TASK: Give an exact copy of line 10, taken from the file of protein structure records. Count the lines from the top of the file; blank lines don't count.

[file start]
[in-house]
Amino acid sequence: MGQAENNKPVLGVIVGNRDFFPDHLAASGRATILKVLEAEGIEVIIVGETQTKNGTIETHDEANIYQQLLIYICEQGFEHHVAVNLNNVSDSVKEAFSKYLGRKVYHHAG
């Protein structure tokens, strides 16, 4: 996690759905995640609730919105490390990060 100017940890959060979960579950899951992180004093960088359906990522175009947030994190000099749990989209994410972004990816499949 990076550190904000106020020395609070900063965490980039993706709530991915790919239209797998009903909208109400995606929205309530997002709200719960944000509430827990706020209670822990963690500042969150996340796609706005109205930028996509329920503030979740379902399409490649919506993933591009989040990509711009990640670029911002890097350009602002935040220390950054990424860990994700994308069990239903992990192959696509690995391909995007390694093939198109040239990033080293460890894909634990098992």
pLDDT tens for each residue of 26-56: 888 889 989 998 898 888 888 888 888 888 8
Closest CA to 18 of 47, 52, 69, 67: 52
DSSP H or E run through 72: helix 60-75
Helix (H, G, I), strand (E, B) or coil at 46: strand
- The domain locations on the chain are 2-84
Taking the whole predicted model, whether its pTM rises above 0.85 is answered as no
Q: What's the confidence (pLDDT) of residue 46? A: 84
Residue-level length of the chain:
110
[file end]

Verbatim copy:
Q: What's the confidence (pLDDT) of residue 46? A: 84